Thailand’s economy was suffering before the virus

DESPITE COUPS, floods and mass protests, visitors have flocked to Thailand in recent decades. Almost 40m of them arrived last year to blister on its beaches and dance in its discos. But as the globe shuts down because of covid-19 and holidaymakers stay at home, the land of smiles feels glum. Travel and tourism, broadly defined, were worth more than 3.5trn baht ($109bn) in 2018, according to the World Travel and Tourism Council, equivalent to about 20% of the country’s GDP. The Kasikorn Research Centre, a Thai outfit which conducts economic analysis, estimates that if the covid-19 pandemic lasts into September, Thailand’s losses will amount to 400bn baht ($12.1bn).

The country has scrambled to respond to the coronavirus, which has infected at least 1,771 people. But the policies adopted were initially confused. At first foreign visitors were required to present embassy approvals and certificates declaring themselves free of covid-19 before boarding planes to Thailand. Now a state of emergency has been declared and the country’s borders are closed to foreign visitors. Bangkok is under a “soft lockdown”, with entertainment venues and malls shut. The governor of Phuket, normally a tourist hub, declared there is now a curfew in place for visitors between 8pm and 3am.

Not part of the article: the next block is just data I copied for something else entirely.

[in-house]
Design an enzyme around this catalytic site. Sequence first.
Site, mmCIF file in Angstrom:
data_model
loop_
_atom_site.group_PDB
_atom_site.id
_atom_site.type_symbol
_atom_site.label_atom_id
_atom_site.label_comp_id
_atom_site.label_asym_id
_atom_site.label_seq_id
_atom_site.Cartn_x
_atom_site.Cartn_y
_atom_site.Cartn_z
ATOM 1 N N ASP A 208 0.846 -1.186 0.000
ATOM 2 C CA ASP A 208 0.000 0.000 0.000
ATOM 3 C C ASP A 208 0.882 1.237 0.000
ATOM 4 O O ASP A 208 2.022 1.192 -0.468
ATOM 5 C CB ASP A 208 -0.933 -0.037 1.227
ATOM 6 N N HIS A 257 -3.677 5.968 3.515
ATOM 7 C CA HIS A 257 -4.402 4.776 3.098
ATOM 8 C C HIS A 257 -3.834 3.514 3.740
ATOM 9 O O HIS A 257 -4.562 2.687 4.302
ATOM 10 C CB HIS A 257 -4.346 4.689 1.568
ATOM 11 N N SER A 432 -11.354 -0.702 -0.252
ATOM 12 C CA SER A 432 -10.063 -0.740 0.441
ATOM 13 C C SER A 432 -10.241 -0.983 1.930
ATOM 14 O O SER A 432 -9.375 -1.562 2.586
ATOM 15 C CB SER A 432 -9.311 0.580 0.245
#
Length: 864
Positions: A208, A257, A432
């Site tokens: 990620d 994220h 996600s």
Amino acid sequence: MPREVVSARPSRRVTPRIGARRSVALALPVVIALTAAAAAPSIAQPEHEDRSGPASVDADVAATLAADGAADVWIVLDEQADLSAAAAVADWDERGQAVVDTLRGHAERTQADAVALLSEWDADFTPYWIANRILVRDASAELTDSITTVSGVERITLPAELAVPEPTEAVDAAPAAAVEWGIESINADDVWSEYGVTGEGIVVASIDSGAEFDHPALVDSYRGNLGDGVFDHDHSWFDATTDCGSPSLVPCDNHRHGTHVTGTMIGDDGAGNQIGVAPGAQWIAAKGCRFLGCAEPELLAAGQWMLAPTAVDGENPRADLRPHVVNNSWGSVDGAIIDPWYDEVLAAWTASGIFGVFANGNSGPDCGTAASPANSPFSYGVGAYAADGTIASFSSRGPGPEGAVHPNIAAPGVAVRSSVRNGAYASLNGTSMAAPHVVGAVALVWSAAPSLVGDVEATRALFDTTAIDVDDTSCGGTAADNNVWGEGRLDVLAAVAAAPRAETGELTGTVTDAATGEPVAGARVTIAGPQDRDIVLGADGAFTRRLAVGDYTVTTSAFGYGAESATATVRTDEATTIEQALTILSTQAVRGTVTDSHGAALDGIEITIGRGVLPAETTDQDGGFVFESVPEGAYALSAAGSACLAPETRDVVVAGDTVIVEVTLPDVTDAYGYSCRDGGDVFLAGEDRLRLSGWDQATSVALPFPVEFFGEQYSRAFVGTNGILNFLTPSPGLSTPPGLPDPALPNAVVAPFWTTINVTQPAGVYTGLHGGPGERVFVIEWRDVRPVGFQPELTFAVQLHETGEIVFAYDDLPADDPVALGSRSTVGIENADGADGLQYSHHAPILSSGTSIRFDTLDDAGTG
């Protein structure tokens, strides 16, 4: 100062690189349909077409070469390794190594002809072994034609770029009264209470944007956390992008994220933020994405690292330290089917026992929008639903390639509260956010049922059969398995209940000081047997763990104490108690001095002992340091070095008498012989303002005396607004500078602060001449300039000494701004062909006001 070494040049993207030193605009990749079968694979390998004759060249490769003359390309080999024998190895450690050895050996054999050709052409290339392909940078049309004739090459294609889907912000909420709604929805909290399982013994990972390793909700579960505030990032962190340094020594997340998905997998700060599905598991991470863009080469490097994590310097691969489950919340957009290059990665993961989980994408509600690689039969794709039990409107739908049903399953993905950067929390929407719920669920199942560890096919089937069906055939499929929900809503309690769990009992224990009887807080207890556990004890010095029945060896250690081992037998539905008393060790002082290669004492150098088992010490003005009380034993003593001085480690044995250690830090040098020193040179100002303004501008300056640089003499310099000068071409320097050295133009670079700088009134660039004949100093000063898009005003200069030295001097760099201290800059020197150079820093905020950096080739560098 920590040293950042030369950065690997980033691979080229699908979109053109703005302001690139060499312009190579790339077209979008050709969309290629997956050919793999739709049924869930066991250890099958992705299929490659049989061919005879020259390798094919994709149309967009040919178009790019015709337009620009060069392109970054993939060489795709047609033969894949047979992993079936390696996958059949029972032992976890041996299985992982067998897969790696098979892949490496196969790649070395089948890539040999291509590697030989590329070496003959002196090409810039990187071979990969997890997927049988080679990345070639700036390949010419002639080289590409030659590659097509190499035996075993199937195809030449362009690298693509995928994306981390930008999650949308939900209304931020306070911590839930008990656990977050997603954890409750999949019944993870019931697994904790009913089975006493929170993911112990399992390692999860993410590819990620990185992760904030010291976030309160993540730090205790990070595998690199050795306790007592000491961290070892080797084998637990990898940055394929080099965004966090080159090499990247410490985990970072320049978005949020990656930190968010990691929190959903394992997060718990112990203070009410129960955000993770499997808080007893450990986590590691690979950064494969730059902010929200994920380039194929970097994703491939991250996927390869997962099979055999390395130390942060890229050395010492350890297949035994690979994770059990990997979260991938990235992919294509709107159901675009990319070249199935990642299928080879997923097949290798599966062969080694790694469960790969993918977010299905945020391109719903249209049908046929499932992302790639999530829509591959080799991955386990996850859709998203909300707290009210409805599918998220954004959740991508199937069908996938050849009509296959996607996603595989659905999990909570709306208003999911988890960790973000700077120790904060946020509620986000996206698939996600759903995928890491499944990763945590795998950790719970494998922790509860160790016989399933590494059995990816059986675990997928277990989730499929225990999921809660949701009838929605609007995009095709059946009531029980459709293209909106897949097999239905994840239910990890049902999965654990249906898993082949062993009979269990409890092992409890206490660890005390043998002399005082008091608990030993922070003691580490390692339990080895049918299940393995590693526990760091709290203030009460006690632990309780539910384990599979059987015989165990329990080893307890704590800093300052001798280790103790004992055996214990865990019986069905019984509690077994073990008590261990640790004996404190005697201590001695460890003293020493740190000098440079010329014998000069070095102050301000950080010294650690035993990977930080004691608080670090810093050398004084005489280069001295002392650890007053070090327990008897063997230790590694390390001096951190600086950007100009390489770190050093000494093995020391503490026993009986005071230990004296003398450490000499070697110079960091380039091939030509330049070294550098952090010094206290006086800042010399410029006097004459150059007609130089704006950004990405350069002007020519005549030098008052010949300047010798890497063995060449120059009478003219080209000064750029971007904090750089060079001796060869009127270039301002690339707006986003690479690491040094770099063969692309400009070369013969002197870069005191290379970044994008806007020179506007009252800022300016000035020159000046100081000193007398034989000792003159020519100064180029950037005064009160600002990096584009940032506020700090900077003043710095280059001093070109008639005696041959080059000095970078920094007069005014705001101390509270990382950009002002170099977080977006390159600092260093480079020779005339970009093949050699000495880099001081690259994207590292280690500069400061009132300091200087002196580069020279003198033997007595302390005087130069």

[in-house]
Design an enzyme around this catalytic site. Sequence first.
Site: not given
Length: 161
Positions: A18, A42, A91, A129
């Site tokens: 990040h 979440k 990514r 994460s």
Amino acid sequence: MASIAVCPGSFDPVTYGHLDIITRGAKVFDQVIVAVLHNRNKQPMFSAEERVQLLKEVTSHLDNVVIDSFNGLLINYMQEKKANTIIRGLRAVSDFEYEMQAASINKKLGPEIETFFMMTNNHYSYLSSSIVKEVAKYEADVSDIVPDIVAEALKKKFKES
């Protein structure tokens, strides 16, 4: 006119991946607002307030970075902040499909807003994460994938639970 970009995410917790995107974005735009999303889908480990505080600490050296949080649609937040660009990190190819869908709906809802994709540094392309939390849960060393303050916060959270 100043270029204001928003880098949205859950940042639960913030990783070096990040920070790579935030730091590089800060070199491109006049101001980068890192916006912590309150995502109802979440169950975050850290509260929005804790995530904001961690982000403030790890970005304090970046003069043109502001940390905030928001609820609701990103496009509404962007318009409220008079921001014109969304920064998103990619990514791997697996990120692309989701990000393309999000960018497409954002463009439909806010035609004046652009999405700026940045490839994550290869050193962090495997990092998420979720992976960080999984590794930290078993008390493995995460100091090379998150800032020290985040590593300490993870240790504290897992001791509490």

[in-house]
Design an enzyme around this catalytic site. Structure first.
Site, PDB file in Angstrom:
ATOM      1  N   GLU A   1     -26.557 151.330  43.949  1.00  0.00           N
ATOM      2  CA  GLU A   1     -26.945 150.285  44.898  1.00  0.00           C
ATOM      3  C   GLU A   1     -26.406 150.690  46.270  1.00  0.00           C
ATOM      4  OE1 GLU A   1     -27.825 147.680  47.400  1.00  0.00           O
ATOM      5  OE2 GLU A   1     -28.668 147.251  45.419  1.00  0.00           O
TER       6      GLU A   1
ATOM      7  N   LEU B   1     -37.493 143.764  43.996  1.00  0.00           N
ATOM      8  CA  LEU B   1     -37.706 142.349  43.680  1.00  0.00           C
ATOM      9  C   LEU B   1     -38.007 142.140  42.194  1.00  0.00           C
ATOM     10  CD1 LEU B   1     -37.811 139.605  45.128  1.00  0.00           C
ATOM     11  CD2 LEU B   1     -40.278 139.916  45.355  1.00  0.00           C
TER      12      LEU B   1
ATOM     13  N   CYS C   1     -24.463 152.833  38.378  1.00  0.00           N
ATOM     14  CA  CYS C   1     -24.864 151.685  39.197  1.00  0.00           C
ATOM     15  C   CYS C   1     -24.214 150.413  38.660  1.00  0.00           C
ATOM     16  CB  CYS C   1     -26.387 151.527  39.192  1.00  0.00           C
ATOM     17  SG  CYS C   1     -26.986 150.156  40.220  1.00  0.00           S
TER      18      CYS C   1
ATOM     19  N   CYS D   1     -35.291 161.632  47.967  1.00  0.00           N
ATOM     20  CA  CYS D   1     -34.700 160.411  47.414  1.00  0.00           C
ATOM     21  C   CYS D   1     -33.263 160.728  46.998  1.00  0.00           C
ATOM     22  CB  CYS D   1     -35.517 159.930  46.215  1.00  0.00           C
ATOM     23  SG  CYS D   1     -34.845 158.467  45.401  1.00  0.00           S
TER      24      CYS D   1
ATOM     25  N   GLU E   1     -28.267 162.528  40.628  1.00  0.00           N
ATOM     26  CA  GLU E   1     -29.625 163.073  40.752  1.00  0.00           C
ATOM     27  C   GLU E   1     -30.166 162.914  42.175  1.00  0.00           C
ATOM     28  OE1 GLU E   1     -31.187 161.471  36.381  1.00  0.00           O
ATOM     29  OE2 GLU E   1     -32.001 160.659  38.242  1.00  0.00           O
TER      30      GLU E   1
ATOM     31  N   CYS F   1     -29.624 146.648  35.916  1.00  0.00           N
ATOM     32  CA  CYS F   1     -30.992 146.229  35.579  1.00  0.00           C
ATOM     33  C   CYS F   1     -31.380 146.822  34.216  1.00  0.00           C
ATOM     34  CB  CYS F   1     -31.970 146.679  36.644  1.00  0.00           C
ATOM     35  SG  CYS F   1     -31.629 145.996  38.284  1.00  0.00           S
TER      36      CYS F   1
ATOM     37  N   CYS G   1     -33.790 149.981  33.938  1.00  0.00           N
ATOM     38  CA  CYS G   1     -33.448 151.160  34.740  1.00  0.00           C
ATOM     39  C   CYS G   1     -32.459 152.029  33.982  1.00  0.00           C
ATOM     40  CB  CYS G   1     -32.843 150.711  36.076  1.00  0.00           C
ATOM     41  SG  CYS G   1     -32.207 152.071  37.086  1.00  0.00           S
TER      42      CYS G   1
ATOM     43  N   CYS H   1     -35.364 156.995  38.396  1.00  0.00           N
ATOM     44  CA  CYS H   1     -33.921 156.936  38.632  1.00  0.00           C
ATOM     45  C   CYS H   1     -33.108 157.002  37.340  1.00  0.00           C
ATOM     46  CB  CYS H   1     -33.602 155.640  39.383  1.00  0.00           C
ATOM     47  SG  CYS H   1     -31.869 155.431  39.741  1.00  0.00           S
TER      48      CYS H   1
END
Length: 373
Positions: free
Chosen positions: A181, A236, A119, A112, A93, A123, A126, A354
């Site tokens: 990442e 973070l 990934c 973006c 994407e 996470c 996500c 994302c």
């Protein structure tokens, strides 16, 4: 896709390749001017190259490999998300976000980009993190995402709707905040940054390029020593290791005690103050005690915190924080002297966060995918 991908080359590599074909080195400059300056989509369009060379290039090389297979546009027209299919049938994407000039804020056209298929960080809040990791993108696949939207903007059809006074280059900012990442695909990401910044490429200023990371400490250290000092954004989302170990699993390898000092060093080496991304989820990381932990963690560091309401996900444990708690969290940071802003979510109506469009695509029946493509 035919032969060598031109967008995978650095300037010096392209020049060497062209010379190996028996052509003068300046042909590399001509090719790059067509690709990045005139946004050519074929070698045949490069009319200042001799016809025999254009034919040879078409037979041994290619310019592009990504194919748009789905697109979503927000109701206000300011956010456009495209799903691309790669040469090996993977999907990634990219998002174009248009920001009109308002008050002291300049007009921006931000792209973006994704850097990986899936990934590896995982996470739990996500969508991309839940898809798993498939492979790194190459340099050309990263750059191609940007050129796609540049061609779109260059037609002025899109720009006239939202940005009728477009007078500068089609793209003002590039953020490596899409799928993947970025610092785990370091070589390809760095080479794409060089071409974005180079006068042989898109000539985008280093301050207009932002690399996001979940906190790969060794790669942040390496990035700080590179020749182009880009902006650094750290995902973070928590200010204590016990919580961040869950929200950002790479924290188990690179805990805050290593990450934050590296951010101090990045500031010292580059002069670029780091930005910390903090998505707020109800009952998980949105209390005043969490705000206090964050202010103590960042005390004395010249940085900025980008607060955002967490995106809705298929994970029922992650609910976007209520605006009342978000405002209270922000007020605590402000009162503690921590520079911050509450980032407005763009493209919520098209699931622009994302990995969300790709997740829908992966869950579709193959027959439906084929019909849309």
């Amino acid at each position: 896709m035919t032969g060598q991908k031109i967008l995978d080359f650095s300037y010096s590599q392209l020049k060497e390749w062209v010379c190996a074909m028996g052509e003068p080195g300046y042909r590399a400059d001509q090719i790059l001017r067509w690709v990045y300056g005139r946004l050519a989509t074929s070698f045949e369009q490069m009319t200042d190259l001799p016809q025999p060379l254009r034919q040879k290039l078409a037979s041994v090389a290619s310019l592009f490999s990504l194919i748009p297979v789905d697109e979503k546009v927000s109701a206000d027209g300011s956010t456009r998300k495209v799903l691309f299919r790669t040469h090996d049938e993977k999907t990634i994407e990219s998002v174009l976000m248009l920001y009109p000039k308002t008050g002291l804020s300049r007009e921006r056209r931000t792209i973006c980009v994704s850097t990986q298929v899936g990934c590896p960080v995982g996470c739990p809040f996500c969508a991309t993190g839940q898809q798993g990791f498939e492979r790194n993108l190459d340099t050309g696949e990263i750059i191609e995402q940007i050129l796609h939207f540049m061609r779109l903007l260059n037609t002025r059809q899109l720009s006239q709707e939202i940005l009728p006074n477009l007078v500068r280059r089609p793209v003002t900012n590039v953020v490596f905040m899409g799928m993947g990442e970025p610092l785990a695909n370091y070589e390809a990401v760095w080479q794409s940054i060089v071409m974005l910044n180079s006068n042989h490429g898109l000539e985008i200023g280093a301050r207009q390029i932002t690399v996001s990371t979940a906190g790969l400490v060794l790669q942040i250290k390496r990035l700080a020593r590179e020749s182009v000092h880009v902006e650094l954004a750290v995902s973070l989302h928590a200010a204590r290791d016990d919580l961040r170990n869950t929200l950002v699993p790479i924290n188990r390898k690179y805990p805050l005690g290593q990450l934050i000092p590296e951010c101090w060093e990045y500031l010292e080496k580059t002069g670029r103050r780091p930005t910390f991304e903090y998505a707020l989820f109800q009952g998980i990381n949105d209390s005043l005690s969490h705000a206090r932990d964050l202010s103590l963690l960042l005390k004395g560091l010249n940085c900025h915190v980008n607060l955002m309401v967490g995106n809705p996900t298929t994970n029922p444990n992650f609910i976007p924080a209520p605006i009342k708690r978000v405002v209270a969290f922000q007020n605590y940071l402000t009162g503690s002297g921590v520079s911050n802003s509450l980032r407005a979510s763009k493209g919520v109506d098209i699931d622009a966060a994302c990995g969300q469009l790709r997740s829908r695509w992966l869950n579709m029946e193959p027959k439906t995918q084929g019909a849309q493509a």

The economic response to covid-19 has been more robust. On...

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